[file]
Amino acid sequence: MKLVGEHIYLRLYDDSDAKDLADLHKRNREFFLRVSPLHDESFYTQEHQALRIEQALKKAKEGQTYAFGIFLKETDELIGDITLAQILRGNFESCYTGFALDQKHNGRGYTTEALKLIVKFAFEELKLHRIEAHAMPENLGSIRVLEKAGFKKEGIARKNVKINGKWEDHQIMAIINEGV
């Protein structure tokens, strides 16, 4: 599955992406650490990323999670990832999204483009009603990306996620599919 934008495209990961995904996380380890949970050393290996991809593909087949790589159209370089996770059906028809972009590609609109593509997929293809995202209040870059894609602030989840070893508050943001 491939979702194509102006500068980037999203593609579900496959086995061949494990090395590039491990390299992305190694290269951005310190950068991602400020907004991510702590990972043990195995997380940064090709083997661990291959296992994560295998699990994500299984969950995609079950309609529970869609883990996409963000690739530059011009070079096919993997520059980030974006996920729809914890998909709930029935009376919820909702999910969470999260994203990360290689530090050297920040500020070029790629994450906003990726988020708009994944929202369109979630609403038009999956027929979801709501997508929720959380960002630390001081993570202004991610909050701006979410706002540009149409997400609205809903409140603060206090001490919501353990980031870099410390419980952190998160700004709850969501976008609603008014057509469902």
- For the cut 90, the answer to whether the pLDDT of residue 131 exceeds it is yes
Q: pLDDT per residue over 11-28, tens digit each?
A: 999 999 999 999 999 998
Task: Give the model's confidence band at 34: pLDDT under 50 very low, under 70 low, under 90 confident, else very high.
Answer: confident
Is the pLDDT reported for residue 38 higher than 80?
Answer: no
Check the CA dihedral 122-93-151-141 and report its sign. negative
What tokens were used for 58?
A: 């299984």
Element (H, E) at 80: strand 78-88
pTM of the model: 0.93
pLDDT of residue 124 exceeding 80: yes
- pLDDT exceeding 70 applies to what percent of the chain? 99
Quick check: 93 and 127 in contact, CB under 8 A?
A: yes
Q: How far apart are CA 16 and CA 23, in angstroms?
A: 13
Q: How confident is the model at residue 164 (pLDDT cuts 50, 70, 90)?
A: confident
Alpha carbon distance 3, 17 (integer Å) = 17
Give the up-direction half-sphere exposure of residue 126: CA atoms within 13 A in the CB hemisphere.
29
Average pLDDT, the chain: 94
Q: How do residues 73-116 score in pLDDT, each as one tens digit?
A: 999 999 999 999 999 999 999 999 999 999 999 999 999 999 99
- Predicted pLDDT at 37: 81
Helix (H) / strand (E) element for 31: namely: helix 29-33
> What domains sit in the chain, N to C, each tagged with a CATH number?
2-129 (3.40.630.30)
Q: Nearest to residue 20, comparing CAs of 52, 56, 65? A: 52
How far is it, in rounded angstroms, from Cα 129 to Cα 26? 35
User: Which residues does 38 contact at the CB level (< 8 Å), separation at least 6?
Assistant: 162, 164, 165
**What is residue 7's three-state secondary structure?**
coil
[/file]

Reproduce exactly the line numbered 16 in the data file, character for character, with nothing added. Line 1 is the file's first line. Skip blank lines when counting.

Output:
- pLDDT exceeding 70 applies to what percent of the chain? 99